mass fraction was isolated from the CE runs and
partially sequenced: two sets of data were obtained
revealing the presence of two amino acids in each
sequencing step in a ratio of 1.82:1. This is quite
understandable if one recalls the fact that the two
constituting collagen a chains are released simultaneously. Taking into account the a1 to a2 chain
ratio of 2:1 the sequences IAGQ and LLGA were
constructed; these corresponded perfectly the cleavage site of tissue collagenase of the two parent
collagen a-chains [17]. It was concluded that the
34 000 rel. mol. mass peak (no. 2) in the tissue
collagenase fragments pattern is composed of two
fragments, one stemming from the a1, the other from
the a2 chain. Consequently it can be predicted that
peak no. 1 in this pattern corresponds to two
fragments. Because the molecular size of fragments
released both from the a1 and a2 chain are very
close and since the separation both in the presence
and absence of SDS in the background electrolyte is
based on some mechanism reflecting the molecular
size of the analytes, it is not surprising that the
Z. Deyl et al. / J. Chromatogr. A 796 (1998) 181 – 193
Fig. 3. Separation of the calibration set of collagen CNBr peptides. (A) CE in 25 mM phosphate buffer (pH 2.5), peptides prepared by CNBr
cleavage; (B) CE in 25 mM phosphate buffer (pH 4.5), with 0.1% SDS. Peak identification: 1, a 1 (I)CB 2 , 2, a 1 (I)CB 4 , 3, a 1 (III)CB 3 , 4,
a 1 (I)CB 6 , 5, a 1 (I)CB 7 1a 1 (I)CB 8 , 6, a 2 (I)CB 4 and 7, a 2 (I)CB 3,5 1(a 1 (III)CB 9 ) 3 . Other conditions as specified in Section 2.
Z. Deyl et al. / J. Chromatogr. A 796 (1998) 181 – 193
Fig. 4. Migration time vs. rel. mol. mass dependence a revealed by capillary electrophoresis in the presence (A) and in the absence (B) of
SDS in the background electrolyte.
Table 1
Migration times and rel. mol. mass of CNBr released collagen peptides in capillary electrophoresis run at pH 2.5 (in the absence of SDS)
and at pH 4.5 (in the presence of SDS)
a 1 (I)CB 2
a 1 (I)CB 4
a 1 (III)CB 3
a 1 (I)CB 6
a 1 (I)CB 7 1a 1 (I)CB 8
a 2 (I)CB 4
a 2 (I)CB 3,5 1(a 1 (III)CB 9 ) 3
Mol. mass
16 500
24 000124 000
29 000
60 000
Migration time (min)
SDS complex
Bare peptides
Z. Deyl et al. / J. Chromatogr. A 796 (1998) 181 – 193
Fig. 5. Capillary electrophoretic separation of a set of collagen CNBr fragments isolated from SDS slab gel electrophoresis and run in the 25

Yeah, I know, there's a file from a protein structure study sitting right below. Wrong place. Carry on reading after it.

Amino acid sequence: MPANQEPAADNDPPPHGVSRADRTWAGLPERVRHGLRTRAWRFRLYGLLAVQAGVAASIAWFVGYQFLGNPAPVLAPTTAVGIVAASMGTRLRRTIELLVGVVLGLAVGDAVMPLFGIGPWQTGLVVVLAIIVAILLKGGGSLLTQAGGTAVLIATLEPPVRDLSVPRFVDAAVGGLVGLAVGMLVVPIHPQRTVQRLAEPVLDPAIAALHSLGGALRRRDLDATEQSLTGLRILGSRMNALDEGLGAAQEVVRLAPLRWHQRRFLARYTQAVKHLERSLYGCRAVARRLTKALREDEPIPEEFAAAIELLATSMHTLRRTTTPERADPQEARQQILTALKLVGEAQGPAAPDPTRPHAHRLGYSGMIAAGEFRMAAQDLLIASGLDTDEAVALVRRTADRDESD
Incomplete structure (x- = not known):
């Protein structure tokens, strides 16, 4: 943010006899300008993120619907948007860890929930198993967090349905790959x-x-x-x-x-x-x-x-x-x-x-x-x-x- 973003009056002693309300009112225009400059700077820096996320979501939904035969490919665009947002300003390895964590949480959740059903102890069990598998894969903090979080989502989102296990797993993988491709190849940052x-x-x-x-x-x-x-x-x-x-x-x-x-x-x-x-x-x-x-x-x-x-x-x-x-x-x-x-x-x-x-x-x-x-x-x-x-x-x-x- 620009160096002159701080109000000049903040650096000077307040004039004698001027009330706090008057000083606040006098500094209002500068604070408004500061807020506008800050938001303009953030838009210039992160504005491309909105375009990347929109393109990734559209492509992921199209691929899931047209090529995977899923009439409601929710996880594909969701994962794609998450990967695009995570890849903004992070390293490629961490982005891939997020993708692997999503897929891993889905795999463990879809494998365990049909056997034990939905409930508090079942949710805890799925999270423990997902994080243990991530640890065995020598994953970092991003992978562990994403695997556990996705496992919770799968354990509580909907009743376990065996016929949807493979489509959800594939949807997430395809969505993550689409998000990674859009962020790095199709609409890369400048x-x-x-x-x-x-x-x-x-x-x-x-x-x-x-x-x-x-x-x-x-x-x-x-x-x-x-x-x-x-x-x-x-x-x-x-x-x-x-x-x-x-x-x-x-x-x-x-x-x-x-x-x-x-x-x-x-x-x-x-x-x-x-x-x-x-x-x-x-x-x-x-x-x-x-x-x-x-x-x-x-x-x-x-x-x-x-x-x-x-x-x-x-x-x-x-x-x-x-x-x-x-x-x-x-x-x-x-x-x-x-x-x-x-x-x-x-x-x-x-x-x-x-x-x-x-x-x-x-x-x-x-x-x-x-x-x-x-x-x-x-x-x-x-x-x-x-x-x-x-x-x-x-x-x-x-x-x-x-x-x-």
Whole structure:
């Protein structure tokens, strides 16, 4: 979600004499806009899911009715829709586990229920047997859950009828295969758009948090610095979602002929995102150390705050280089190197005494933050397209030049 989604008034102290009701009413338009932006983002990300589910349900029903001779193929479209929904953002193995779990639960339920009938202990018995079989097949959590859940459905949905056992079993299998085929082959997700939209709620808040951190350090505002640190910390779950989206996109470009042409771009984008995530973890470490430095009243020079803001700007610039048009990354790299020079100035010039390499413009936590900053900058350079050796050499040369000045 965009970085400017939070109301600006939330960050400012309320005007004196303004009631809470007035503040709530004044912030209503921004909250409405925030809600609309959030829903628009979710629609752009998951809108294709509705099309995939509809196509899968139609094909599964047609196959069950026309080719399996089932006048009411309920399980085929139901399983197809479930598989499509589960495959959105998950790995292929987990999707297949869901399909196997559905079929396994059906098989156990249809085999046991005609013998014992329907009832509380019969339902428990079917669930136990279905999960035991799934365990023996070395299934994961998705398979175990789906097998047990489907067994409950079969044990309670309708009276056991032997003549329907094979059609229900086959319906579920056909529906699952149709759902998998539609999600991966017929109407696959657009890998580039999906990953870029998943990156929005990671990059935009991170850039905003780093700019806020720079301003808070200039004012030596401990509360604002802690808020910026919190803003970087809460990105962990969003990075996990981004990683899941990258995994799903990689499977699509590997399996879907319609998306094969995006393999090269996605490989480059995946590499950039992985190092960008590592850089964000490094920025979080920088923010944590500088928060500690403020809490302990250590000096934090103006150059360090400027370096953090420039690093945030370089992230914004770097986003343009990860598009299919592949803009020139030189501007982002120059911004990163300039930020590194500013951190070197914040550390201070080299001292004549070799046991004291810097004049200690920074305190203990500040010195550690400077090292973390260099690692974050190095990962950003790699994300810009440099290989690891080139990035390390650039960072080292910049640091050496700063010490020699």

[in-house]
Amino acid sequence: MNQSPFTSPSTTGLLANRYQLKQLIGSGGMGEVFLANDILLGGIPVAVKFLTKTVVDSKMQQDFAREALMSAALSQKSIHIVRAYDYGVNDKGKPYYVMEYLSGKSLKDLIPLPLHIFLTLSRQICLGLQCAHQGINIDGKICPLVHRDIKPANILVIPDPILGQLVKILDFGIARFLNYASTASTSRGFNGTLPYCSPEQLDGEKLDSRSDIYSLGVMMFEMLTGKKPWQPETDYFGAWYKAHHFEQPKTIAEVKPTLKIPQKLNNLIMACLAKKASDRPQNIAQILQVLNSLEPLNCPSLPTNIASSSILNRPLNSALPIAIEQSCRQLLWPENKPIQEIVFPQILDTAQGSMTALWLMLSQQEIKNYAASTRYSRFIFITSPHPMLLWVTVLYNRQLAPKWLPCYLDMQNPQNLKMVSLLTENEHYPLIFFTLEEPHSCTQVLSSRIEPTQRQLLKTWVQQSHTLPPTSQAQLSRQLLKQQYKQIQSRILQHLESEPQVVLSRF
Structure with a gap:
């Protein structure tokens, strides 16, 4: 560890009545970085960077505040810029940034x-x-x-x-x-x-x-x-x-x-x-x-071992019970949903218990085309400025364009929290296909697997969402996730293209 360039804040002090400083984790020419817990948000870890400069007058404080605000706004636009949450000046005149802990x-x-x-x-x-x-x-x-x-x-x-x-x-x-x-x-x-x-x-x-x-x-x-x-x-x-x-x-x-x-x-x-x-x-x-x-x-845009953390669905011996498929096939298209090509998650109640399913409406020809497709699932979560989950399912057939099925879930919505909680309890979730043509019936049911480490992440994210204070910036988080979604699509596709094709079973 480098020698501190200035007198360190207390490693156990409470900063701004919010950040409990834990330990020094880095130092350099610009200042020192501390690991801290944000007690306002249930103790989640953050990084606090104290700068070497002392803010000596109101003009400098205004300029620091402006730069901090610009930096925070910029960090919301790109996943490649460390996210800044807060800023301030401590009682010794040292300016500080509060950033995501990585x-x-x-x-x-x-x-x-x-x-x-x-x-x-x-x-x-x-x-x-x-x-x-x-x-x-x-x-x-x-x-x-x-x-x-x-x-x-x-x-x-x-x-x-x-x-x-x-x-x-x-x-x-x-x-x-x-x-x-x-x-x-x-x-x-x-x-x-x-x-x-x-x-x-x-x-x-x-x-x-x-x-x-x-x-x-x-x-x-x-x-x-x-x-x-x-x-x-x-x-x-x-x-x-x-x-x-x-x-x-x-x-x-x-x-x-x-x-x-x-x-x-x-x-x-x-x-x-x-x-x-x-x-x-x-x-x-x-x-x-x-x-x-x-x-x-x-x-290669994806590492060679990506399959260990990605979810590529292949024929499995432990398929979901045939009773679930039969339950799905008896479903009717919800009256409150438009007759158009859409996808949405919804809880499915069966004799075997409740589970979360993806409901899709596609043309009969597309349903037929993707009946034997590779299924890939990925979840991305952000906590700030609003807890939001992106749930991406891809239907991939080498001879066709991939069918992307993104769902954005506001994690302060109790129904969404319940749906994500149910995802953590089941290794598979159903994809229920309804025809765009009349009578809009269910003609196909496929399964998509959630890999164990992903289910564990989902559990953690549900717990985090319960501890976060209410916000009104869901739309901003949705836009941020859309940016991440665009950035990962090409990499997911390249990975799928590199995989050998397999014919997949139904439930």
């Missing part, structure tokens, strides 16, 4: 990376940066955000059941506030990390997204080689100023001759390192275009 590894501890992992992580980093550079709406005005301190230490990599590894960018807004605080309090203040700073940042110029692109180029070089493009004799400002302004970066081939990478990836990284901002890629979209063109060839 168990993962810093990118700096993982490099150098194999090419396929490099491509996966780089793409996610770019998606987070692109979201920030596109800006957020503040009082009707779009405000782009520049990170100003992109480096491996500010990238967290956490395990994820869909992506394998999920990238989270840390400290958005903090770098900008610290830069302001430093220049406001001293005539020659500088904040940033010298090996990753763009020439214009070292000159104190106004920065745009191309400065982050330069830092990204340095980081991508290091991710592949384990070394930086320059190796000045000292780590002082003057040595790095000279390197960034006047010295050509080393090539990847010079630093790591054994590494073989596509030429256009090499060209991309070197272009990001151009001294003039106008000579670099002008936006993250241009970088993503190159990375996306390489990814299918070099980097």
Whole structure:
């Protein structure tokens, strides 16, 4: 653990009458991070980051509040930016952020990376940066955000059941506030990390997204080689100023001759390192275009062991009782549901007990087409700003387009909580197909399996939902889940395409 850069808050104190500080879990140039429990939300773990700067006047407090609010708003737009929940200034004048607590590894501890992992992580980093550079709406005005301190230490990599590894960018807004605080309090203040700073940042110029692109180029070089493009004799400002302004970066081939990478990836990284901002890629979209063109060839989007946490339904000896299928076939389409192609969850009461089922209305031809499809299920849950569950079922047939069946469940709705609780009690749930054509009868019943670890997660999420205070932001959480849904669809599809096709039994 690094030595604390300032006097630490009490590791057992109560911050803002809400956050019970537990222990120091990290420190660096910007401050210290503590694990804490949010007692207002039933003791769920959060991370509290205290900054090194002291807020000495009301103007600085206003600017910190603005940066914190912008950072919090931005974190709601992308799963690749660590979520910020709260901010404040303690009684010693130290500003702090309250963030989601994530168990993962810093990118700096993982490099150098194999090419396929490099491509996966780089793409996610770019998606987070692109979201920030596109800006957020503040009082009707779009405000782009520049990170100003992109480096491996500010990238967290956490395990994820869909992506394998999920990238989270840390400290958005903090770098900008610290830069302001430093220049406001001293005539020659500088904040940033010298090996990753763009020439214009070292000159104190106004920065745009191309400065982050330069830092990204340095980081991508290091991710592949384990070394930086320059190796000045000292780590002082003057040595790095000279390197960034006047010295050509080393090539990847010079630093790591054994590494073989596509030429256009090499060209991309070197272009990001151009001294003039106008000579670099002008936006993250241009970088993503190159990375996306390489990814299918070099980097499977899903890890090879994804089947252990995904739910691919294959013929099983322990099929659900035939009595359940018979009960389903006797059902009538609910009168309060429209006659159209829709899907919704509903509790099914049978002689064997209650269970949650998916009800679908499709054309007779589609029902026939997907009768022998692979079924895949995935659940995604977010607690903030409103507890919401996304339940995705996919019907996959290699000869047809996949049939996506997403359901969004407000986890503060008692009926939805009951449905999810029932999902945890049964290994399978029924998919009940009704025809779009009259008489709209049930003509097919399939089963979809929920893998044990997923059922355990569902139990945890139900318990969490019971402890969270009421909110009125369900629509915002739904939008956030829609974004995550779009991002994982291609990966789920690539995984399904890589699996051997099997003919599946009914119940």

mM phosphate buffer (pH 2.5). Peak identification as in Fig. 3; separation at 15 kV. Polarity of electrodes as indicated (normal polarity
Z. Deyl et al. / J. Chromatogr. A 796 (1998) 181 – 193
Fig. 6. Migration time vs. rel. mol. mass for CNBr peptides isolated from polyacrylamide gel SDS-electrophoresis and run at pH 2.5 in 25
mM phosphate buffer.
individual entities are not separated by either of the
procedures investigated (pH 2.5 in the absence of
SDS and pH 4.5 in the presence of the surfactant).
4. Discussion
Micellar electrokinetic chromatography of proteins
represents a new dimension in CE that makes use of
hydrophobic and electrostatic interactions of protein
analytes with the surfactant micelles present in the
buffer medium for separation. As reviewed recently
[3] a number of proteins have been successfully
separated by this approach. Most of the separations
described use either SDS or cetyltrimethylammonium bromide as micelle forming agents. However,
changing of the polarity of the electrophoretic system
appears necessary according to the arrangement of
the experiment.
In the present communication we have used SDS–
collagen complexes both in the presence and absence
of the micellar mobile phase for the separation of
collagen derived peptides; the basic idea was to
verify the molecular mass and identity of tissue
collagenase released fragments in vascular connective tissue remodelling. Because of the well known
differences in mobile phase estimation of collagens
and their fragments when standard globular proteins
Z. Deyl et al. / J. Chromatogr. A 796 (1998) 181 – 193
are used for calibration we used CNBr fragments of
collagen of known molecular mass and sequence as
calibration standards.
Polyacrylamide slab gel electrophoresis appears
the method of choice for routine screening of
collagen disorders in tissues because of its selectivity
and because it allows working out of a large number
of samples simultaneously. Though microsequencing
of the separated zones in polyacrylamide gel is
possible, the problem is how to assay the purity of
the separated peptidic fragments and how to verify
their molecular mass. Consequently it would be
advantageous to use some additional separation step
which, if possible, would additionally offer more
reliable quantitation of the individual zones than
stained polyacrylamide gel. There are theoretically
two choices: either to use reversed-phase chromatography or CE. The application of the former technique
is precluded to a large extent by its demands upon